The meaning of life.

Now I know the answer is supposed to be “42” but that’s not quite where I am heading. We have a wedding coming up and the question posed was would I wear a lounge suit or a DJ. Well of course I shall wear the DJ or, as the trend seems to be to call them nowadays, a tuxedo. And that gives rise to the even bigger question: to tie or not to tie. Are you with me?

Can a gentleman really, honestly and with a clean conscience wear a pre-tied bow tie. Of course not. I am not in the habit of wearing a bow tie. Indeed I regard it as an affectation to be avoided at all costs. A bit like “never trust a man with a beard”, I always have a healthy mistrust for the day-to-day bow tie wearer. But when the occasion demands, a bow tie has to be donned and if you are going to wear one, why not go the whole hog and buy a real one? Most certainly not one that can be pinged on elastic. I shudder at the thought.

It makes my eyes glaze over when people argue it is “too difficult”. If you can tie your shoe laces you can tie a bow tie. I just googled “how to tie a bow tie” and it threw up 46,500,000 results. If you click on the video option the search returns over 51m. You should be able to crack it after one. Of course if you can’t tie your own shoe laces you could be in for a long learning process.

Yesterday we survived without hideous embarrassment the ritual exchange of family gifts. In Chinese culture this is a very sensitive custom, fraught with pitfalls. So concerned was Mrs. Ha to preserve the family honour she met with her opposite number over dinner to agree how to proceed without dropping a clanger or two. She then employed the services of an “expert” to prepare all the more basic traditional gifts, whilst she went out and bought the tricky things. For example the groom is entitled to a gift from his future mother-in-law of a pair of trousers, a belt and a wallet. We in return received, inter alia, a pair of coconuts. So I really can sing “I’ve got a luverly bunch of coconuts….”. There were of course lots of other things including three red envelopes containing cash.   Everything had to be displayed and photographed to show the rellies and friends. It was rather fun to be honest but with apologies to daughter number 2, not something we wish to do again in a hurry. Very stressful making sure the gift baskets are spot on.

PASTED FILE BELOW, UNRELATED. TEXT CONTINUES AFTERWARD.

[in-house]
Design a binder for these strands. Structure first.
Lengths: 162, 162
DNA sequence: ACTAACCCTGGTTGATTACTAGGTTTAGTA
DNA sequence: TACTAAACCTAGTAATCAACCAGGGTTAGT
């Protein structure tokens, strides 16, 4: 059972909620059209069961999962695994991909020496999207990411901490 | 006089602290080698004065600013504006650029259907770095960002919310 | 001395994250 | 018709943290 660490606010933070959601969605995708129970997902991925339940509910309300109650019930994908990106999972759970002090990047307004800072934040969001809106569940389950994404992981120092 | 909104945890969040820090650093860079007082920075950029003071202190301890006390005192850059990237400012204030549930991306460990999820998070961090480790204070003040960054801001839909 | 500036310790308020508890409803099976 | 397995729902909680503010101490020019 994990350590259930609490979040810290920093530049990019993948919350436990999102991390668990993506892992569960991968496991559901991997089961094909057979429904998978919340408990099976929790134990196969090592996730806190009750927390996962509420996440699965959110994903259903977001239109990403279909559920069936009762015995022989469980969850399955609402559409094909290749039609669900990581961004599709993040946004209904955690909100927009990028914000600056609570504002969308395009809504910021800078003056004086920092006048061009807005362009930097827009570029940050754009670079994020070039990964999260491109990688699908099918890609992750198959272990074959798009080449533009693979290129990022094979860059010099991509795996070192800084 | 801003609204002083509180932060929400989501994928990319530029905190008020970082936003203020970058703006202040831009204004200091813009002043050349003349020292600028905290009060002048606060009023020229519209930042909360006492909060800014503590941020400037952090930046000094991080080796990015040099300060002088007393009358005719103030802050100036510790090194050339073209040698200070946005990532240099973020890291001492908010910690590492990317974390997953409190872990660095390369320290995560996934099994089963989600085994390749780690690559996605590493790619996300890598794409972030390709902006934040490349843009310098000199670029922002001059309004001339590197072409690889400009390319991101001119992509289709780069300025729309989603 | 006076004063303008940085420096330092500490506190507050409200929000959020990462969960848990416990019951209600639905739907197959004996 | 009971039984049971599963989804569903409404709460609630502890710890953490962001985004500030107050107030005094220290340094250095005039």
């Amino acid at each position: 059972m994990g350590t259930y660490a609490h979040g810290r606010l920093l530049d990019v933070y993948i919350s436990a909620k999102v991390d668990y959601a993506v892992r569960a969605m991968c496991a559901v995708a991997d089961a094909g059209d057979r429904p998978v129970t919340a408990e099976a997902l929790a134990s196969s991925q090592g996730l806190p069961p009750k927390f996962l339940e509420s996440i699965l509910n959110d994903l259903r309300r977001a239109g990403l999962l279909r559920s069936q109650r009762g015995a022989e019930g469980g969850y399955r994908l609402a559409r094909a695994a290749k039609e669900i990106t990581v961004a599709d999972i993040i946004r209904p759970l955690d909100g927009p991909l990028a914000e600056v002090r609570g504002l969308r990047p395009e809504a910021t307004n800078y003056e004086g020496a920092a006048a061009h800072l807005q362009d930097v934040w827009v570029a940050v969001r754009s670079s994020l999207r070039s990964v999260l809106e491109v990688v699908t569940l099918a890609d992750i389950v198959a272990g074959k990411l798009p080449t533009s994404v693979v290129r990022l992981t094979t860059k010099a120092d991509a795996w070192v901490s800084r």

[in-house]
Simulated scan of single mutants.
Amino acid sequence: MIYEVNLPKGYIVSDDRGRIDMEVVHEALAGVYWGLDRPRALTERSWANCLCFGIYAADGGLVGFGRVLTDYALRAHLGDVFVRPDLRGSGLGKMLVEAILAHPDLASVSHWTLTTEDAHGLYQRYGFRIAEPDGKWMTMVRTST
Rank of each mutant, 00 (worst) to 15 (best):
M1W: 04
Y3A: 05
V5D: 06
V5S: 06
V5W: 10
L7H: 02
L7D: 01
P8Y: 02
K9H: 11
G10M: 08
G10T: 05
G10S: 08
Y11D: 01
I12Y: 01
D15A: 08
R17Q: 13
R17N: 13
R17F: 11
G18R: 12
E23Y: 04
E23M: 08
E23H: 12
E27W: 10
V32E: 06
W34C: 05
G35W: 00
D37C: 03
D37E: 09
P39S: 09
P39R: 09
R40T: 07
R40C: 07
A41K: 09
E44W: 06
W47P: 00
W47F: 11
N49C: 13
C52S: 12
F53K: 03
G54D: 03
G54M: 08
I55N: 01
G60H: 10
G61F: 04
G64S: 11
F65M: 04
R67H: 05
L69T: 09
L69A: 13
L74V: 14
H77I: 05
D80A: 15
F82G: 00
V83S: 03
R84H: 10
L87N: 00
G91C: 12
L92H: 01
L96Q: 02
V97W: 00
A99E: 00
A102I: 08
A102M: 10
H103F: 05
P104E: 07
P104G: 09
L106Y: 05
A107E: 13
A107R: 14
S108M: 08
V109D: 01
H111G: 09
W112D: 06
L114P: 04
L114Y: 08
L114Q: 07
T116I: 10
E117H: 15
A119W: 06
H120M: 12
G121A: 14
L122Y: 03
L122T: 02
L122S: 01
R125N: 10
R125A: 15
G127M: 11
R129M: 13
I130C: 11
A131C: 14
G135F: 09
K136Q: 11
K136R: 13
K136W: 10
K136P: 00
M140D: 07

The final trauma for me is that I am required to make a speech. We went to 2 weddings in 3 weeks in 2011. Both were excellent. However at least one of the ‘father of the bride’ speeches was positively soporific. And I shall be the only gweilo present. So a ballroom full of Chinese speakers listening to a gweilo whose Cantonese runs, at a push, to “Stop the taxi, I want to get out. You are a complete maniac”.  Not really the stuff successful wedding speeches are made of. I have to keep it going for ten minutes and I am not sure that includes subtitles or not. So I thought what I might do is take off my bow tie and give a demonstration of the art of bow tie tying. It won’t take ten minutes but it just might bridge the culture gap and reveal to the gathered throngs, what it is really important to the Welsh gentleman. If you have any better ideas for a successful wedding speech, please share asap. But only if you wearing a proper bow tie. Thank you.